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Fly Lines Let's talk about fly lines

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Old 04-11-2011, 07:00 PM
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Default Fly line types

I'm just getting back into fly fishing after a 10+ year hiatus. I have equipment already - found it safely stored in the garage but I need to put some new line on the reels. I have a 4wt. with a Martin 62 reel and a 6 wt. rod with a Browning Black Caynon reel. I mostly fish for panfish, trout, smallmouth. I've been thinking about doing some striper fishing, but I know I need a heavier rod, something like a 8 or 10 wt., but that is down the road.

Now my question is, what type of fly line is recommended. I see that there are several out there with a hundred different brands it seems, and I've been trying to read everything I can find through Google and several magazines.

I am unsure of whether I need floating, sinking, or sinking tip, weight forward, or double taper. I know what they do, but I am trying to determine what would work best.

Any advise is very welcome.

Thanks in advance.

Last edited by frdfandc; 04-11-2011 at 07:16 PM.
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Old 04-11-2011, 07:49 PM
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Default Re: Fly line types

A floating line would work for most dry fly fishing and nymphing. If your nymphing with a double nymph rig you will want to open the casting loop up or you will end up with wind knots. The guys that fish the small mountain streams on 3 wt or smaller fly rods like the double taper lines for the delicate presentation on the water. Others like the double taper lines because when the end you fish with everyday wears out, you can flip it over and fish the other end, just like you just bought a new fly line so it is really ecomonical. The weight forward lines give you a little better casting performance when the wind comes up. Later on if you get into tossing streamers a sink tip would be nice for streamers that have no or little weight. A floating line will work when tossing heavily weighted streamers. A full sinking line is best suited for stillwater fishing, but some find that it works for them on rivers. I like a real slow sinking line for fishing on stillwater.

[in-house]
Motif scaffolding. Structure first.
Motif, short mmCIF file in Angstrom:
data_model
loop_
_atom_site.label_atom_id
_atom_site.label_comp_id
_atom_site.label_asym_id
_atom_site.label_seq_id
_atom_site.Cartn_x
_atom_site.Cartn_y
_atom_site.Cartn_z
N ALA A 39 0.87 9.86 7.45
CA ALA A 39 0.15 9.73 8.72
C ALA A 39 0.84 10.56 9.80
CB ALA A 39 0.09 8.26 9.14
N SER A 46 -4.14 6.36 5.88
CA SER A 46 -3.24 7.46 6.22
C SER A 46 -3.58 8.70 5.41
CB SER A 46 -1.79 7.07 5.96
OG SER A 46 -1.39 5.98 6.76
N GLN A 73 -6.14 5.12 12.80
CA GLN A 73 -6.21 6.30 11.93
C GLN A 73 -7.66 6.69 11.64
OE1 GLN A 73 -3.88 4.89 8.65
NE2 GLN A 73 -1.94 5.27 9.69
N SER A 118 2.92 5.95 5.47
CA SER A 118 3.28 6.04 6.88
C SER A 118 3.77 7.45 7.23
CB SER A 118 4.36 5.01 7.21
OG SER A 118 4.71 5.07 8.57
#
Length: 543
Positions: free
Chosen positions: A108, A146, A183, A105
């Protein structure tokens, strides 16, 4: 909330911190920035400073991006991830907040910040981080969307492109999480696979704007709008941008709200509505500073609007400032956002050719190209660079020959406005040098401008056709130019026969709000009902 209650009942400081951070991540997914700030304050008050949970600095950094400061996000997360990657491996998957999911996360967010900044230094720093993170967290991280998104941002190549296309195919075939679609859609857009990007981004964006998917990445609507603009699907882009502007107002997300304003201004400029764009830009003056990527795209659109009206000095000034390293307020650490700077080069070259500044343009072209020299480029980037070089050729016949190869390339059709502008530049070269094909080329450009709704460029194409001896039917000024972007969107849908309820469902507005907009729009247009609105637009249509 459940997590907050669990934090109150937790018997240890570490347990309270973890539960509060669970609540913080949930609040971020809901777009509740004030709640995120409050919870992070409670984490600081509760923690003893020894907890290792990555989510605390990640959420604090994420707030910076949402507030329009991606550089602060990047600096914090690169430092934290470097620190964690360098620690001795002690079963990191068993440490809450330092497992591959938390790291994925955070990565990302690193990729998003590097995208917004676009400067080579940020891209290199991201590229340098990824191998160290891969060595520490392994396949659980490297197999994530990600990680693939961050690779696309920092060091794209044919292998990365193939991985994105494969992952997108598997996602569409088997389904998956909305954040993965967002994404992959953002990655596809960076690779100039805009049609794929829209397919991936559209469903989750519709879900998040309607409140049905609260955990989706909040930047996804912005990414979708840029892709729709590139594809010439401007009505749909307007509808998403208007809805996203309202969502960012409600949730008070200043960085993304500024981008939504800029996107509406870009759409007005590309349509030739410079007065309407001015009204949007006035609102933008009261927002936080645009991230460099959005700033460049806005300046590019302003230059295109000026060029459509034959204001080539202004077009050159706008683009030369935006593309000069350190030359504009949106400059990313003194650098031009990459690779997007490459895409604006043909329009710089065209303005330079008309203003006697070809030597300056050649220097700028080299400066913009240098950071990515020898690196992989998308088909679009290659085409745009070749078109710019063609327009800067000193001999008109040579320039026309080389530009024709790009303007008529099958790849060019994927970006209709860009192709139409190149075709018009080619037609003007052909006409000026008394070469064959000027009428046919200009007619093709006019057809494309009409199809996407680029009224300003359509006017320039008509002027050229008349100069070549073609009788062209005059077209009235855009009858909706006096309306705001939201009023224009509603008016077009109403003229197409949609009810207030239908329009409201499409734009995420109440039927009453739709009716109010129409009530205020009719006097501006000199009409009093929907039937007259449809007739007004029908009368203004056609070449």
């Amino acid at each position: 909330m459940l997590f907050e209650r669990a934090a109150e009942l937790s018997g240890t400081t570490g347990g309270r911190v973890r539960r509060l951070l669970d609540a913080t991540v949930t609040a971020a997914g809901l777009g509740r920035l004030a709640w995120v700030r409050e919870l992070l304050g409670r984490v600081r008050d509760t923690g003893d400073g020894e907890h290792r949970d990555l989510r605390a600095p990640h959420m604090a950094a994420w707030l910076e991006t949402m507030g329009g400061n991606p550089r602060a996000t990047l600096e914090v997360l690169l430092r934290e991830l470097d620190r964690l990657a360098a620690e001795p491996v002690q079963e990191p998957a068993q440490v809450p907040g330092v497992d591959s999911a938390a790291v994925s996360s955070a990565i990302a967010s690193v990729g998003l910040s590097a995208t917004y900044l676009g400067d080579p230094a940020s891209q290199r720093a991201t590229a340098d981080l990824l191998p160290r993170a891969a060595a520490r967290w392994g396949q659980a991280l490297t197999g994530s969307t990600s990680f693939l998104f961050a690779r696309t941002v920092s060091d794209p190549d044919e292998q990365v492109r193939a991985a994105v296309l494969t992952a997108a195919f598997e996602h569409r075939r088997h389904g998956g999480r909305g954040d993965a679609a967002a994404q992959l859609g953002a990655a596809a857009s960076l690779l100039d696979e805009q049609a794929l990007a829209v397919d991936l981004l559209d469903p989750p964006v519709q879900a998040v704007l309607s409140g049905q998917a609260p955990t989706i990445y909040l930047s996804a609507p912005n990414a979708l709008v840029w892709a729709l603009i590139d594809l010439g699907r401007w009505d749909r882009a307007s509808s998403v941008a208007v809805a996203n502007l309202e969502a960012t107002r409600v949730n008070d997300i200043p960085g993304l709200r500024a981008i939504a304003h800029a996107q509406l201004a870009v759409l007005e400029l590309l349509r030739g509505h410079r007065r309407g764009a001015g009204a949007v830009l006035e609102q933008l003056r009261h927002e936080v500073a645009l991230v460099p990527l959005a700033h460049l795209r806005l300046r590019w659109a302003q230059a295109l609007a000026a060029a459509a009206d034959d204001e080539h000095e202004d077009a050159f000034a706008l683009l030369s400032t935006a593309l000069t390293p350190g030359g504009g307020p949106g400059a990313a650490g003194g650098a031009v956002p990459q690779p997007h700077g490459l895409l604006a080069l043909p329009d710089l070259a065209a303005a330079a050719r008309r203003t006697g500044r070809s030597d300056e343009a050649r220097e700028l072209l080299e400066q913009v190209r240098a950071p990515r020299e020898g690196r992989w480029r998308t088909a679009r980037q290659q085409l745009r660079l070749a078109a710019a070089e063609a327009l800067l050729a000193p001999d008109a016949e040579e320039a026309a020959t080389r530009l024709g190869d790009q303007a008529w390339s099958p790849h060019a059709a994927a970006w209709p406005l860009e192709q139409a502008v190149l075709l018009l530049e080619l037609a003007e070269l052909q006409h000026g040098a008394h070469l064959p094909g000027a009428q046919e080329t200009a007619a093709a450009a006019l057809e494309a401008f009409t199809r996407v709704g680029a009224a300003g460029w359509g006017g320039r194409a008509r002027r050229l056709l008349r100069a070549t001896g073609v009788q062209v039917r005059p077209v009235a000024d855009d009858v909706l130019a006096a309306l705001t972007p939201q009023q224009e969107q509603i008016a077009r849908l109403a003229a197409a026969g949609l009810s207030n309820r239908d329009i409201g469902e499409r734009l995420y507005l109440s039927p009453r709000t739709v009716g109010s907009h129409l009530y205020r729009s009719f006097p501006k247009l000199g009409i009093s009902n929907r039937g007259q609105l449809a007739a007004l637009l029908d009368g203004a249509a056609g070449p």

I hope that helps, others will chime in with their preferences.

Larry
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Old 04-13-2011, 10:36 AM
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Default Re: Fly line types

Larry gave you a great response.

Here is some more food for thought. Many quality floating lines come with looped ends, so you can add a sinking leader via loop to loop connection for streamer fishing. These sinking leaders come in a variety of lengths and sink rates. Just add tippet and fly to the terminal end, and you will be good to go.

Dennis
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